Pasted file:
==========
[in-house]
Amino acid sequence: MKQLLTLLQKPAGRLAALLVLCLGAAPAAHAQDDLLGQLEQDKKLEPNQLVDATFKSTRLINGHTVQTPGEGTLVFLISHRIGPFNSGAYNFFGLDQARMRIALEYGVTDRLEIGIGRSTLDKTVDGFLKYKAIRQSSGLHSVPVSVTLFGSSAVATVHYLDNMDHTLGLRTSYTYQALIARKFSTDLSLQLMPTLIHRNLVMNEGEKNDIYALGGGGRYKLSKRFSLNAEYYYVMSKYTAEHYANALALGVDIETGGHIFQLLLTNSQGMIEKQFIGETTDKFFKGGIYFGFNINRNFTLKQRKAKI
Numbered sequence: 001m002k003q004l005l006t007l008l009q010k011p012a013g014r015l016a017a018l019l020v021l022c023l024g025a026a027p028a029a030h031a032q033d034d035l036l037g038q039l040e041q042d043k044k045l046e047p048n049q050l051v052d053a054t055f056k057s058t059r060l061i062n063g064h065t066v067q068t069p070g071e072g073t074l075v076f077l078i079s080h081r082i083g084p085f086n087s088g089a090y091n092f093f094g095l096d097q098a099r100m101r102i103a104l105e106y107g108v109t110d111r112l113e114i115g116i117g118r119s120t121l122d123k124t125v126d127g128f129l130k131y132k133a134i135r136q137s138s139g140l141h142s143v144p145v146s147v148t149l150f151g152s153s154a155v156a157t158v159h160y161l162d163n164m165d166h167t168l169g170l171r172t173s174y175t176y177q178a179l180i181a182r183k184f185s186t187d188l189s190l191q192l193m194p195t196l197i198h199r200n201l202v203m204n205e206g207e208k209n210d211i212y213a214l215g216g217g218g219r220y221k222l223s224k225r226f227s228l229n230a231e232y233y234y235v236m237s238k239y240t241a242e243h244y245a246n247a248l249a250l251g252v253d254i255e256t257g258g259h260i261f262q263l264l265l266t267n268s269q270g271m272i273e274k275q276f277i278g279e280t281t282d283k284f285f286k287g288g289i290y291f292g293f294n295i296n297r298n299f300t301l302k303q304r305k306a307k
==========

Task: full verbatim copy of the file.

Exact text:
[in-house]
Amino acid sequence: MKQLLTLLQKPAGRLAALLVLCLGAAPAAHAQDDLLGQLEQDKKLEPNQLVDATFKSTRLINGHTVQTPGEGTLVFLISHRIGPFNSGAYNFFGLDQARMRIALEYGVTDRLEIGIGRSTLDKTVDGFLKYKAIRQSSGLHSVPVSVTLFGSSAVATVHYLDNMDHTLGLRTSYTYQALIARKFSTDLSLQLMPTLIHRNLVMNEGEKNDIYALGGGGRYKLSKRFSLNAEYYYVMSKYTAEHYANALALGVDIETGGHIFQLLLTNSQGMIEKQFIGETTDKFFKGGIYFGFNINRNFTLKQRKAKI
Numbered sequence: 001m002k003q004l005l006t007l008l009q010k011p012a013g014r015l016a017a018l019l020v021l022c023l024g025a026a027p028a029a030h031a032q033d034d035l036l037g038q039l040e041q042d043k044k045l046e047p048n049q050l051v052d053a054t055f056k057s058t059r060l061i062n063g064h065t066v067q068t069p070g071e072g073t074l075v076f077l078i079s080h081r082i083g084p085f086n087s088g089a090y091n092f093f094g095l096d097q098a099r100m101r102i103a104l105e106y107g108v109t110d111r112l113e114i115g116i117g118r119s120t121l122d123k124t125v126d127g128f129l130k131y132k133a134i135r136q137s138s139g140l141h142s143v144p145v146s147v148t149l150f151g152s153s154a155v156a157t158v159h160y161l162d163n164m165d166h167t168l169g170l171r172t173s174y175t176y177q178a179l180i181a182r183k184f185s186t187d188l189s190l191q192l193m194p195t196l197i198h199r200n201l202v203m204n205e206g207e208k209n210d211i212y213a214l215g216g217g218g219r220y221k222l223s224k225r226f227s228l229n230a231e232y233y234y235v236m237s238k239y240t241a242e243h244y245a246n247a248l249a250l251g252v253d254i255e256t257g258g259h260i261f262q263l264l265l266t267n268s269q270g271m272i273e274k275q276f277i278g279e280t281t282d283k284f285f286k287g288g289i290y291f292g293f294n295i296n297r298n299f300t301l302k303q304r305k306a307k